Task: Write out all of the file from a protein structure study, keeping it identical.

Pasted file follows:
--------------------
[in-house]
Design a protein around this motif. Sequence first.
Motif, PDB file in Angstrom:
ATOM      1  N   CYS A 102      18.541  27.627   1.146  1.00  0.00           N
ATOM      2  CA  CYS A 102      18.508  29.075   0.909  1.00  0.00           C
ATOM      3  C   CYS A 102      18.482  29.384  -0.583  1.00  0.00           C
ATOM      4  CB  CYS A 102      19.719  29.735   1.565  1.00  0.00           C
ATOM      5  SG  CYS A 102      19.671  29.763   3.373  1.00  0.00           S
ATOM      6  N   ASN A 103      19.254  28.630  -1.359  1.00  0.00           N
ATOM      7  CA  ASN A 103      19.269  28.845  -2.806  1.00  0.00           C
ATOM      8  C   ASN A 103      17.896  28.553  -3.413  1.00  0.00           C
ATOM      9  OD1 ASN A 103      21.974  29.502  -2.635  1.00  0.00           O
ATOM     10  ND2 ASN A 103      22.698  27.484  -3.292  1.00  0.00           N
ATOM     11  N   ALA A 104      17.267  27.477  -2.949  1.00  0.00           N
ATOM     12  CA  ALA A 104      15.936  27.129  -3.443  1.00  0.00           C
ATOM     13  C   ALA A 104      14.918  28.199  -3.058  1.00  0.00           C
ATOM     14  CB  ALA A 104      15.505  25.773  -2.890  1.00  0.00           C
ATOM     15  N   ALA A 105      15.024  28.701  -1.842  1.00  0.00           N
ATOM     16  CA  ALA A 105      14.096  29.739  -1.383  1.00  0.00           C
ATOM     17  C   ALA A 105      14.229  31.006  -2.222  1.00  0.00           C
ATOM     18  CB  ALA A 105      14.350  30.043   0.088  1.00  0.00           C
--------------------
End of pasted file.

[in-house]
Design a protein around this motif. Sequence first.
Motif, PDB file in Angstrom:
ATOM      1  N   CYS A 102      18.541  27.627   1.146  1.00  0.00           N
ATOM      2  CA  CYS A 102      18.508  29.075   0.909  1.00  0.00           C
ATOM      3  C   CYS A 102      18.482  29.384  -0.583  1.00  0.00           C
ATOM      4  CB  CYS A 102      19.719  29.735   1.565  1.00  0.00           C
ATOM      5  SG  CYS A 102      19.671  29.763   3.373  1.00  0.00           S
ATOM      6  N   ASN A 103      19.254  28.630  -1.359  1.00  0.00           N
ATOM      7  CA  ASN A 103      19.269  28.845  -2.806  1.00  0.00           C
ATOM      8  C   ASN A 103      17.896  28.553  -3.413  1.00  0.00           C
ATOM      9  OD1 ASN A 103      21.974  29.502  -2.635  1.00  0.00           O
ATOM     10  ND2 ASN A 103      22.698  27.484  -3.292  1.00  0.00           N
ATOM     11  N   ALA A 104      17.267  27.477  -2.949  1.00  0.00           N
ATOM     12  CA  ALA A 104      15.936  27.129  -3.443  1.00  0.00           C
ATOM     13  C   ALA A 104      14.918  28.199  -3.058  1.00  0.00           C
ATOM     14  CB  ALA A 104      15.505  25.773  -2.890  1.00  0.00           C
ATOM     15  N   ALA A 105      15.024  28.701  -1.842  1.00  0.00           N
ATOM     16  CA  ALA A 105      14.096  29.739  -1.383  1.00  0.00           C
ATOM     17  C   ALA A 105      14.229  31.006  -2.222  1.00  0.00           C
ATOM     18  CB  ALA A 105      14.350  30.043   0.088  1.00  0.00           C